#3 Seeing stars

IMG_3099Day 3 of the blog but it is Day 5 maybe 6. But then are we counting this as since we arrived or shows? So we’ve done 4 shows and had our first night off though it wasn’t really a day off because we ended up doing Pick of The Fringe. So it’s Wednesday or is it Thursday? When did we get here? How many days have we been here, how many shows left to go?

Let’s just call it #3: Seeing Stars

While we’re lost in the confusion let’s take a moment to talk about this – extreme tiredness. Edinburgh is about extreme tiredness whichever way you view it – as participant, venue staff, audience. Reviewers too – how do they do it, seriously any reviewers want to explain to me how you go from show to show and find time to even think about each show let alone review it – I am genuinely interested.

Basically it is a very fast moving rollercoaster – time is flying by, a show each night, the endless searching of social media to find comments and chatter to retweet and post. The highs of a 4* star review and the lows of technical stresses.  Walking into the city from the flat and back again and into the city and back again. All of this with not enough sleep. My bedroom has white curtains so basically I can’t sleep until is dark and I am awake as soon as it gets light and also my brain is refusing to switch off and is endlessly churning through a to-do list.

I still haven’t seen any theatre. Well that isn’t strictly speaking true, I went to a show accidentally with Francois on the first night here because he was going to see it and I thought – why not? I then also went to see Diary of a Madmen, which is a fellow welsh company. Diary of a Madman is gobsmackingly good. Mesmerising performance from Robert Bowman and beautiful writing which transcends it’s age and feels incredibly contemporary. Also have to say how much I loved the set.  Very clever design so simple and yet intricate.

I also saw Blam last night which was a company outing before Angharad let Edinburgh. I loved Blam though I feel I really shouldn’t, it was silly, violent, incoherent, structurally questionable and devoid of narrative but I really loved it and think more people should make shows like that – big, bold, fun. It had moments of genius and real beauty and intelligence which were usually pushed to one side for the next disconnected set piece. Ever since Spaced I have found there is lots of pleasure from playing slow motion gun fights/making silly robot noises and re-enacting movie action sequences so yes I loved Blam.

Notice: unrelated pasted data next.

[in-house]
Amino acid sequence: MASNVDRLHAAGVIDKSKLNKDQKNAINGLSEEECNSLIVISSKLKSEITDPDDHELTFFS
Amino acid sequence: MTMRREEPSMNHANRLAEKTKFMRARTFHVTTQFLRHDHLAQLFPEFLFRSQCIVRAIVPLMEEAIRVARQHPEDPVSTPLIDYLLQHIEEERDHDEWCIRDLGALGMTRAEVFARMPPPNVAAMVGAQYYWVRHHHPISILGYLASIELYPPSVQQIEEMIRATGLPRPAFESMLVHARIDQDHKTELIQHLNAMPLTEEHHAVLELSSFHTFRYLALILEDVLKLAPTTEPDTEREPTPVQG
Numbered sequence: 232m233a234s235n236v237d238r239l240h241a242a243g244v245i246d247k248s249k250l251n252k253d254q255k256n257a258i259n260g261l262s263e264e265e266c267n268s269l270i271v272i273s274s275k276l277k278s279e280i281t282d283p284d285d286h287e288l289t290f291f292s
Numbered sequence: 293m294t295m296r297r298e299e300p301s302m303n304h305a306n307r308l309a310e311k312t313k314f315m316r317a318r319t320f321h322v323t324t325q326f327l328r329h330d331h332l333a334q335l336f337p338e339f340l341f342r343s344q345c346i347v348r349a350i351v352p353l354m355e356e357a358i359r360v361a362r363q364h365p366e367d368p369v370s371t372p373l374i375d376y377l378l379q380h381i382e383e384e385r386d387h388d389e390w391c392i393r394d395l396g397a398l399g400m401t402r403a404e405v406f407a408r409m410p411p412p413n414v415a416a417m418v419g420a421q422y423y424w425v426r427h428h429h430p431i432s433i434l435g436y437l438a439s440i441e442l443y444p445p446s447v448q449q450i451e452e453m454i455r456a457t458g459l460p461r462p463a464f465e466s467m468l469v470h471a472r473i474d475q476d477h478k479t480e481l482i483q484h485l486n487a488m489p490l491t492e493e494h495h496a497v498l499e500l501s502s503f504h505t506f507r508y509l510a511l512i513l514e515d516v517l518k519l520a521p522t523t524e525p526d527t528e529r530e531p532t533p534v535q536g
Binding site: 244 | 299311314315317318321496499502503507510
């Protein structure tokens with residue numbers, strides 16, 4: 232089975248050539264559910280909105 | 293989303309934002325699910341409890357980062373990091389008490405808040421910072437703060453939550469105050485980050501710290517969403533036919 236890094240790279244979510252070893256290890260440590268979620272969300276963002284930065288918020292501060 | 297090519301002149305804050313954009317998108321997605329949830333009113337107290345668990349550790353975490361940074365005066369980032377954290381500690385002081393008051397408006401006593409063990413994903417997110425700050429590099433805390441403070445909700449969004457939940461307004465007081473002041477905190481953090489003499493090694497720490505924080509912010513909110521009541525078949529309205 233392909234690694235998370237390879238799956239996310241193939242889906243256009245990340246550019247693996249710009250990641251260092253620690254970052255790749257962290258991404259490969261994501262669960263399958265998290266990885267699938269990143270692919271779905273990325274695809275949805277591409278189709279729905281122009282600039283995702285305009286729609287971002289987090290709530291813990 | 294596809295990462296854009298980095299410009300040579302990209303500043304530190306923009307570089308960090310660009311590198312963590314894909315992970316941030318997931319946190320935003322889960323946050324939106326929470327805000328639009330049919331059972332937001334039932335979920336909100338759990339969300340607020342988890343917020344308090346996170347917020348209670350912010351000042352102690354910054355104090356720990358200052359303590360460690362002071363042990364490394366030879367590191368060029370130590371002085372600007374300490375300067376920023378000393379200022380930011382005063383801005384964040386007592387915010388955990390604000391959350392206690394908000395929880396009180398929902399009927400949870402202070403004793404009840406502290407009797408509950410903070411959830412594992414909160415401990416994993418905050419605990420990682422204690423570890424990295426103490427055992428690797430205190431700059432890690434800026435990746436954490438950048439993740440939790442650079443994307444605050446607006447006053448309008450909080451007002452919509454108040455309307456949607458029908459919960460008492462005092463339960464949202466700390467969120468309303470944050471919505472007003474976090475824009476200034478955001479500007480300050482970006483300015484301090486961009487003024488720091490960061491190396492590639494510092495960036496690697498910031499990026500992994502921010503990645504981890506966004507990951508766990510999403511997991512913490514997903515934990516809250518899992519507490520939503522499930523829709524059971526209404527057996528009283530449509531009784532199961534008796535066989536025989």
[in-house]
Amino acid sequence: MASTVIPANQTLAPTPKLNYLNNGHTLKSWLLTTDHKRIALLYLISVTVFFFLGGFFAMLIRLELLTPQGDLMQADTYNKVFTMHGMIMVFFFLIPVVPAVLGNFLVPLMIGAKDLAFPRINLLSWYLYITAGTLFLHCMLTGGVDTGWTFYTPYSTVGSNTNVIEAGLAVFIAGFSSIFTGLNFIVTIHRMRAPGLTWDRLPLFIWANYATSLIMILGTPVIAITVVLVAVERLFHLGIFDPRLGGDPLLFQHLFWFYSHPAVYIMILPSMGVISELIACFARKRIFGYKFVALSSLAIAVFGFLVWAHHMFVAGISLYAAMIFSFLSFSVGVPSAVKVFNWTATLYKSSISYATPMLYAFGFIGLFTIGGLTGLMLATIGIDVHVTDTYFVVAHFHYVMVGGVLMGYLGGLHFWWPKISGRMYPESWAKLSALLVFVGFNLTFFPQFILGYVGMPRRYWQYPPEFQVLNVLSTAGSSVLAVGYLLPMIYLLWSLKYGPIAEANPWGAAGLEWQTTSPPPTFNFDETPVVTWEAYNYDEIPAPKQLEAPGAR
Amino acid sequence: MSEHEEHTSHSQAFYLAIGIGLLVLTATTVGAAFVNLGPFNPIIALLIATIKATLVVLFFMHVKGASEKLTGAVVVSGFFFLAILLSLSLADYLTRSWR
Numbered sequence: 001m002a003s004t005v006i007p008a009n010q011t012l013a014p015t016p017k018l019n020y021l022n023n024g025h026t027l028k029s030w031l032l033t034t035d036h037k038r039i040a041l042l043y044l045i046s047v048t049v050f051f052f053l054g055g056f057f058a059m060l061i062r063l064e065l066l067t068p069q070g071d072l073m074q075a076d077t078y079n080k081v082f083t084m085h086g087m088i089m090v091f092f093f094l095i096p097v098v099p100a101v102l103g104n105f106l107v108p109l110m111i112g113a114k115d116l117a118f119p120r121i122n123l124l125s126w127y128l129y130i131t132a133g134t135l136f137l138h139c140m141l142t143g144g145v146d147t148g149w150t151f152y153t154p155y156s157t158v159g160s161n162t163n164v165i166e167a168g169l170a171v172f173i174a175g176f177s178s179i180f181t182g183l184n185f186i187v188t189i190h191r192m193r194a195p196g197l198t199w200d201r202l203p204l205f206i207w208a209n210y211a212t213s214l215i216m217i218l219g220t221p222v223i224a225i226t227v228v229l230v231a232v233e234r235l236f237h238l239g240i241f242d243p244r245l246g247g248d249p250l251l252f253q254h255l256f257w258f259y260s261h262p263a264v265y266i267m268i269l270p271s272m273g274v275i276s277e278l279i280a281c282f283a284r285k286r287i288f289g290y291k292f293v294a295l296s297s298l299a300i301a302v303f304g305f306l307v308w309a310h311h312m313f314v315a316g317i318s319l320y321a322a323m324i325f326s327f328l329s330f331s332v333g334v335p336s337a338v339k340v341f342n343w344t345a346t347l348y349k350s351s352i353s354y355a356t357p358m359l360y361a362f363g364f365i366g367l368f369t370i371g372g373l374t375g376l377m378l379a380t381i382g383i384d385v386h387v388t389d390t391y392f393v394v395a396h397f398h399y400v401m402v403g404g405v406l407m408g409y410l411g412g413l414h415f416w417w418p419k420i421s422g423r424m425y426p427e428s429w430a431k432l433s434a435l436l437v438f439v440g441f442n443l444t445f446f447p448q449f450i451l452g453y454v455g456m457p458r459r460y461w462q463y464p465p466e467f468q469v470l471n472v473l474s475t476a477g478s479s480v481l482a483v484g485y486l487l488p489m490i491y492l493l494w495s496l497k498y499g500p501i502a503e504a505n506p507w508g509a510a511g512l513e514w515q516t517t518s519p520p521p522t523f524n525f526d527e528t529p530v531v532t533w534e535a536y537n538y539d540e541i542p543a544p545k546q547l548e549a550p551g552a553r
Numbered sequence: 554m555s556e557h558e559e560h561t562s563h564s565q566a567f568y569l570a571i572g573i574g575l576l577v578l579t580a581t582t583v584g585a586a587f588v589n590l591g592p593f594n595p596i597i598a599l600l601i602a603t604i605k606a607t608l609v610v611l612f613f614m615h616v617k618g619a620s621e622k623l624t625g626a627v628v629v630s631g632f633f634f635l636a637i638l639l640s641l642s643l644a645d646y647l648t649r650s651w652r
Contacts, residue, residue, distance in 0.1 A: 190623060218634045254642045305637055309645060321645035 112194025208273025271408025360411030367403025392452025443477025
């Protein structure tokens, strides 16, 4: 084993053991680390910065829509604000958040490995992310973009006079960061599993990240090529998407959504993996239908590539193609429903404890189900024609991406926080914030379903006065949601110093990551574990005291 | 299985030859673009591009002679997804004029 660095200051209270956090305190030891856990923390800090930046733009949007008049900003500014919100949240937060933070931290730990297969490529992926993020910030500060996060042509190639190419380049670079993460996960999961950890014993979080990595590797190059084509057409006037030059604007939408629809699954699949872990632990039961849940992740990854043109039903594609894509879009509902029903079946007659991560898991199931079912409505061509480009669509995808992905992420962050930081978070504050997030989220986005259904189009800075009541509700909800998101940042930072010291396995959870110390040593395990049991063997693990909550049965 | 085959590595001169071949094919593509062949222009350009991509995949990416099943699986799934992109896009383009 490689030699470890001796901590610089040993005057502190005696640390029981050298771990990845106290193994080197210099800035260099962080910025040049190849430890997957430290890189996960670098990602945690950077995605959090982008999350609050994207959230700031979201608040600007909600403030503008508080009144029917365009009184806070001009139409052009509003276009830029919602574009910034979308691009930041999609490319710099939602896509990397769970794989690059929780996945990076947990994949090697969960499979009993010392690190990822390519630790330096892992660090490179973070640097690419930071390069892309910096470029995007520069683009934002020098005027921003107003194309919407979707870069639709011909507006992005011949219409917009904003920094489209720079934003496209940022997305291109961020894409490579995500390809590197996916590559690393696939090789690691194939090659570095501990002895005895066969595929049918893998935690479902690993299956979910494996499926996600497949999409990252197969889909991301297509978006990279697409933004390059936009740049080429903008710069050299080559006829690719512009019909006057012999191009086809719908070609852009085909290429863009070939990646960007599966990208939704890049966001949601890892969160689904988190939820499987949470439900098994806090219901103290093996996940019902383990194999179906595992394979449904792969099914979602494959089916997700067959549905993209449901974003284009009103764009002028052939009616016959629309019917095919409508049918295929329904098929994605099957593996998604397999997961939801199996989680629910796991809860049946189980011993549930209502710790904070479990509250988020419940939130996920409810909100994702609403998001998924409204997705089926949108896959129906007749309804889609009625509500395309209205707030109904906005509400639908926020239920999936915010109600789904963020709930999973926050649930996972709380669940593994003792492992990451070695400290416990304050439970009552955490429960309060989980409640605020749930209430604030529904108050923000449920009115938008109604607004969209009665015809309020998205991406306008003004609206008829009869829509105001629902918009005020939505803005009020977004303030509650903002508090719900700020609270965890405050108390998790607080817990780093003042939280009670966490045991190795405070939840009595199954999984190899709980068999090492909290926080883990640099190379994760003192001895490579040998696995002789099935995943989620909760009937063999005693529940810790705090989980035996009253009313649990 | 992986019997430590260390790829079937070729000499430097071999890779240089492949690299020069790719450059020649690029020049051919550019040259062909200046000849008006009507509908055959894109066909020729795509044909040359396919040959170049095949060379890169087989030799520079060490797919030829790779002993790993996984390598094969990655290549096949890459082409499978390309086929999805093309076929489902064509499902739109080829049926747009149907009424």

But today for the first time I sat down and thought about booking tickets which I have now done. It is interesting as a participant to sit and think – what do I want to see? Beyond the companies you know and want to support and the companies you would like to make contact with – what shows do I want to see? It really makes you reflect on your own marketing strategy to think about it. I really don’t know how audiences decide and I can understand be so reliant on reviews and what people are saying.

Anyway so what has been happening since I last sat down and wrote a blog, however many days ago it was when we had our first night.

Mainly I am really pleased to say that it has been nothing but incredibly positive, in fact it is all a little bit surreal.

We’ve had two sell out performances, we were asked to appear in Pick of The Fringe, we have had lots of reviewers in each night, we’ve been filmed by S4C Heno, we have lots of venues and partners requesting tickets interested in future touring and the work of the company, we’ve been asked to do a radio interview.

Two days ago I wrote a headline for a press release – Wales company storms Edinburgh – it was largely a joke that I planned to replace once I could think of a better one but I find myself thinking today that it is quite acceptable really.

I spend a lot of time fighting back tears – good tears. When someone says on twitter, “To kill a machine was by far one of the most powerful and moving pieces of theatre I have ever seen. Absolutely incredible! ” @Julia_Birdx,  it’s hard not to cry at such a wonderful comment.

Each night I stay outside to ensure that everything runs smoothly front-of-house which means I am standing there as the audience walks out – I get to see the people with tear stained eyes, the people who are shell-shocked by it and then I get to hear the audience raving about how much they loved it – a definite highlight of my time in Edinburgh.

At some point in the next few weeks I’ll write about the positives and negatives of a company sharing a flat but this morning was definitely a positive. Buying an Edinburgh Evening news on the off chance we’d made it in a paper review but not really expecting it and opening it to find this “To Kill a Machine arguably one of the most finely crafted hours of theatre you’ll find on the Fringe”.  To be able to share with everyone together the amazing review which also singles out each of them in turn was an experience that will stay as a highlight for a long time.